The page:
Biden's focus on climate and families is trimmed to $2T plan

In order to scale back his "build back worse" plans, President Joe Biden presented a less ambitious vision to Democratic lawmakers. It included a $2 trillion government-overhaul program with at least $500B to combat climate change and money to support middle-class priorities, including child tax credits, paid family leaves, and free prekindergarten.

Biden's focus on climate and families is trimmed to $2T plan

In order to scale back his "build back worse" plans, President Joe Biden presented a less ambitious vision to Democratic lawmakers. It included a $2 trillion government-overhaul program with at least $500B to combat climate change and money to support middle-class priorities, including child tax credits, paid family leaves, and free prekindergarten.

TheEditor
TheEditor
20 October 2021 Wednesday 06:57
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Biden's focus on climate and families is trimmed to $2T plan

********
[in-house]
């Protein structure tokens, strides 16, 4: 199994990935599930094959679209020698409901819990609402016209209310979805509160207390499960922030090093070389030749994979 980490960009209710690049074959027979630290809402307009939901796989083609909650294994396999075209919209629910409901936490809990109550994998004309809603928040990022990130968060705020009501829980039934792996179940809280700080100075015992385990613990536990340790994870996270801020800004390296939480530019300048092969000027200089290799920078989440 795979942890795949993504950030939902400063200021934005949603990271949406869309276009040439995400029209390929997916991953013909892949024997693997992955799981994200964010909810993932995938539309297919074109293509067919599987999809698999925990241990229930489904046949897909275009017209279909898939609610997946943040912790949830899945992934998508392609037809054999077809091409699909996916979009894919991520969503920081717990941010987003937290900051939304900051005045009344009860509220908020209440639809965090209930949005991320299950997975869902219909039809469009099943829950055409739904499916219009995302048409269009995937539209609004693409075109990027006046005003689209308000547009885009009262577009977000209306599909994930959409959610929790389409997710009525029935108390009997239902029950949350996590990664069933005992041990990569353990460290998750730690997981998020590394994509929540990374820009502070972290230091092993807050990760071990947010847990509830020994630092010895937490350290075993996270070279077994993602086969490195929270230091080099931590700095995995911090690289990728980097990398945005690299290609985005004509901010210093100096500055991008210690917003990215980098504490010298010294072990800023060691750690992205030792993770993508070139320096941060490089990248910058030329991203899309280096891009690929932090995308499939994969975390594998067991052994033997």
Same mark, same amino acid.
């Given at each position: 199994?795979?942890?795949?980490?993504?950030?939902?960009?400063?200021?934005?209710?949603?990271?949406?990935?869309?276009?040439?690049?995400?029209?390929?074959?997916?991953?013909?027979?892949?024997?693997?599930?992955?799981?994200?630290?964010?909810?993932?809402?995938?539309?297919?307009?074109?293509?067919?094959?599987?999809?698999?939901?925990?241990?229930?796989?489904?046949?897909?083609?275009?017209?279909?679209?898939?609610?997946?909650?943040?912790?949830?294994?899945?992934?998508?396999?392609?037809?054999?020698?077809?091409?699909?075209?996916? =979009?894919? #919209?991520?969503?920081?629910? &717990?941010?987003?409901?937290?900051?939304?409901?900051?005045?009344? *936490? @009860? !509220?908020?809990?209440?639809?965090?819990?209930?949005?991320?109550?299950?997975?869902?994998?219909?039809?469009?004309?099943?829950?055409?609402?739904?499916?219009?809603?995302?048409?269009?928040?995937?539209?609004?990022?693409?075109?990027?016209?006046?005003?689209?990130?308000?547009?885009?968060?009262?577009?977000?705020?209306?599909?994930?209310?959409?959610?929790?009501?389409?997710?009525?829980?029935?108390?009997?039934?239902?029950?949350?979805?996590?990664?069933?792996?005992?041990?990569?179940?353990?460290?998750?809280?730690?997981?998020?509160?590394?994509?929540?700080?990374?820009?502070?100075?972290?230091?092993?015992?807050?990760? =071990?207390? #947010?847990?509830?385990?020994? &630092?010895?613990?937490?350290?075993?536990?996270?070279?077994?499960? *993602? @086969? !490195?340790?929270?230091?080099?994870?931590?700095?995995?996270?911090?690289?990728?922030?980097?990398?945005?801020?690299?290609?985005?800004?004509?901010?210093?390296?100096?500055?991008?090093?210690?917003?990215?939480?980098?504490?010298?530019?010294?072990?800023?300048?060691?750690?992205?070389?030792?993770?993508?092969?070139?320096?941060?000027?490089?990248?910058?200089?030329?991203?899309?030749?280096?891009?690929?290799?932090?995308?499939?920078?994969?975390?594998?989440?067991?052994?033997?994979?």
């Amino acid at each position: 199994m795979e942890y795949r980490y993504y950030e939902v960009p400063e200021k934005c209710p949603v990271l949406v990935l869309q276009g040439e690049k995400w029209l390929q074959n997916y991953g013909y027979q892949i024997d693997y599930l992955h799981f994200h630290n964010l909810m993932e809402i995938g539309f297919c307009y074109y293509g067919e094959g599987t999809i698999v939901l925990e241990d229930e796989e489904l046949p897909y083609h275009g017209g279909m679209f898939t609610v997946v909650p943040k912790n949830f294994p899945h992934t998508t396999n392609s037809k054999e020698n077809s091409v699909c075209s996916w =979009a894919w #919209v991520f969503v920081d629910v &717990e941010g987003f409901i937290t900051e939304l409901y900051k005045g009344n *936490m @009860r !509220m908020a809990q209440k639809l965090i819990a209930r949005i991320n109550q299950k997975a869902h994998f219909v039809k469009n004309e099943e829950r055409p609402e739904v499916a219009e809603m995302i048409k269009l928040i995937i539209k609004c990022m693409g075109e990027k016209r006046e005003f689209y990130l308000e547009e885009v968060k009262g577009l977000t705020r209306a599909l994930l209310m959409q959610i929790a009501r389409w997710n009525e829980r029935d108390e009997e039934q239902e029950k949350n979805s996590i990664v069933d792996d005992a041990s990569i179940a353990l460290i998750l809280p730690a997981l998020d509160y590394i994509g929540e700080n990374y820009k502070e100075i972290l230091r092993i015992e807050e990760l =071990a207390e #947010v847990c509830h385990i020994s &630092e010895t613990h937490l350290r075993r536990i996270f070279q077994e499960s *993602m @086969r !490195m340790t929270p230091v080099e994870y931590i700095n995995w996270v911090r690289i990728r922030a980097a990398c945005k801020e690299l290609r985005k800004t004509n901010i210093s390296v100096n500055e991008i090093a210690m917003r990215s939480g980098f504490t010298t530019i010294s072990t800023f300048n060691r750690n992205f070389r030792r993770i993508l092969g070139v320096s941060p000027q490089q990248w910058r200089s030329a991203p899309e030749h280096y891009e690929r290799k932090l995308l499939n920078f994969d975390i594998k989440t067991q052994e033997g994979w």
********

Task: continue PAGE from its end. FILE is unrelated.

He expects that negotiations will be concluded by the end of this week.

The president met privately with almost 20 progressive and centrist lawmakers Tuesday evening. Democrats seemed ready to give up the $3.5 trillion package that had been proposed by the Democrats for a more practical proposal that could unite the party and get passage in the tightly divided Congress.

Most likely to be cut or eliminated: Plans for tuition-free community college, a path for legal status for immigrants in the U.S. who have not provided documentation, and a specific energy plan that was at the heart of Biden's strategy to combat climate change.

The conversation details were shared with those who knew the conversation. They were given anonymity to discuss private meetings.